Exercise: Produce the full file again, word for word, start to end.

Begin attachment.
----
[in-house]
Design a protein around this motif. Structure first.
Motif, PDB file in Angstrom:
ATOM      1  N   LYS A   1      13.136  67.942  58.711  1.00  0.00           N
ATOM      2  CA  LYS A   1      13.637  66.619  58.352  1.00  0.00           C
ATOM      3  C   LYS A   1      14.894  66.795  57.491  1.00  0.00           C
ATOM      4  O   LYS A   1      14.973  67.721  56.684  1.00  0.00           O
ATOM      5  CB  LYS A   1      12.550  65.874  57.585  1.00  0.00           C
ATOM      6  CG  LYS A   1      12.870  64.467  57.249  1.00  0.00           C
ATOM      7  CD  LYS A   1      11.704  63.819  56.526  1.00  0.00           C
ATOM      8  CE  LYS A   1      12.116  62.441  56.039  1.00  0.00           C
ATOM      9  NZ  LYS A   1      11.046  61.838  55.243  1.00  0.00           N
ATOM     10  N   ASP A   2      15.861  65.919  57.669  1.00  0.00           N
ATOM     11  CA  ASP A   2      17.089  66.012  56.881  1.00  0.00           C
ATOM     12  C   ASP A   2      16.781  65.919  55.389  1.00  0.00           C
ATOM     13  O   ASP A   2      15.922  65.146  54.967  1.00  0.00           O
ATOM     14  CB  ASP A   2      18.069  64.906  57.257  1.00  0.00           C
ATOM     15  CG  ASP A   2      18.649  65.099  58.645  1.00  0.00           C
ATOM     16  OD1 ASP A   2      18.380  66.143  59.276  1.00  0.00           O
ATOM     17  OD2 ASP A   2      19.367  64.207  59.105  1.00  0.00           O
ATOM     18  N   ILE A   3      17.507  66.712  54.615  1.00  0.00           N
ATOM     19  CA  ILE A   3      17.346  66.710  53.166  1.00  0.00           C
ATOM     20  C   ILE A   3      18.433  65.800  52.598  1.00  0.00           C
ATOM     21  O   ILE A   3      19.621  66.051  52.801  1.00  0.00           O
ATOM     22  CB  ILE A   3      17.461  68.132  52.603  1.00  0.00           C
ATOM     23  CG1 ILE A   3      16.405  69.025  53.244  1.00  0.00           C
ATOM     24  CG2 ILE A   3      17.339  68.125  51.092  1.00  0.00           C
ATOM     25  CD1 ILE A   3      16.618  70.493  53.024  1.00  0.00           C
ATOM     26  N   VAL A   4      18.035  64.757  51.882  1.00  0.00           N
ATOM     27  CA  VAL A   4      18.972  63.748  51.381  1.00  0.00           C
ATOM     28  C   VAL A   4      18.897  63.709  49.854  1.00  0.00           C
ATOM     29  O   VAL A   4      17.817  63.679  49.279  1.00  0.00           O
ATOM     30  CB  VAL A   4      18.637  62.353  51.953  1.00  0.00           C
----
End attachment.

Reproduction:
[in-house]
Design a protein around this motif. Structure first.
Motif, PDB file in Angstrom:
ATOM      1  N   LYS A   1      13.136  67.942  58.711  1.00  0.00           N
ATOM      2  CA  LYS A   1      13.637  66.619  58.352  1.00  0.00           C
ATOM      3  C   LYS A   1      14.894  66.795  57.491  1.00  0.00           C
ATOM      4  O   LYS A   1      14.973  67.721  56.684  1.00  0.00           O
ATOM      5  CB  LYS A   1      12.550  65.874  57.585  1.00  0.00           C
ATOM      6  CG  LYS A   1      12.870  64.467  57.249  1.00  0.00           C
ATOM      7  CD  LYS A   1      11.704  63.819  56.526  1.00  0.00           C
ATOM      8  CE  LYS A   1      12.116  62.441  56.039  1.00  0.00           C
ATOM      9  NZ  LYS A   1      11.046  61.838  55.243  1.00  0.00           N
ATOM     10  N   ASP A   2      15.861  65.919  57.669  1.00  0.00           N
ATOM     11  CA  ASP A   2      17.089  66.012  56.881  1.00  0.00           C
ATOM     12  C   ASP A   2      16.781  65.919  55.389  1.00  0.00           C
ATOM     13  O   ASP A   2      15.922  65.146  54.967  1.00  0.00           O
ATOM     14  CB  ASP A   2      18.069  64.906  57.257  1.00  0.00           C
ATOM     15  CG  ASP A   2      18.649  65.099  58.645  1.00  0.00           C
ATOM     16  OD1 ASP A   2      18.380  66.143  59.276  1.00  0.00           O
ATOM     17  OD2 ASP A   2      19.367  64.207  59.105  1.00  0.00           O
ATOM     18  N   ILE A   3      17.507  66.712  54.615  1.00  0.00           N
ATOM     19  CA  ILE A   3      17.346  66.710  53.166  1.00  0.00           C
ATOM     20  C   ILE A   3      18.433  65.800  52.598  1.00  0.00           C
ATOM     21  O   ILE A   3      19.621  66.051  52.801  1.00  0.00           O
ATOM     22  CB  ILE A   3      17.461  68.132  52.603  1.00  0.00           C
ATOM     23  CG1 ILE A   3      16.405  69.025  53.244  1.00  0.00           C
ATOM     24  CG2 ILE A   3      17.339  68.125  51.092  1.00  0.00           C
ATOM     25  CD1 ILE A   3      16.618  70.493  53.024  1.00  0.00           C
ATOM     26  N   VAL A   4      18.035  64.757  51.882  1.00  0.00           N
ATOM     27  CA  VAL A   4      18.972  63.748  51.381  1.00  0.00           C
ATOM     28  C   VAL A   4      18.897  63.709  49.854  1.00  0.00           C
ATOM     29  O   VAL A   4      17.817  63.679  49.279  1.00  0.00           O
ATOM     30  CB  VAL A   4      18.637  62.353  51.953  1.00  0.00           C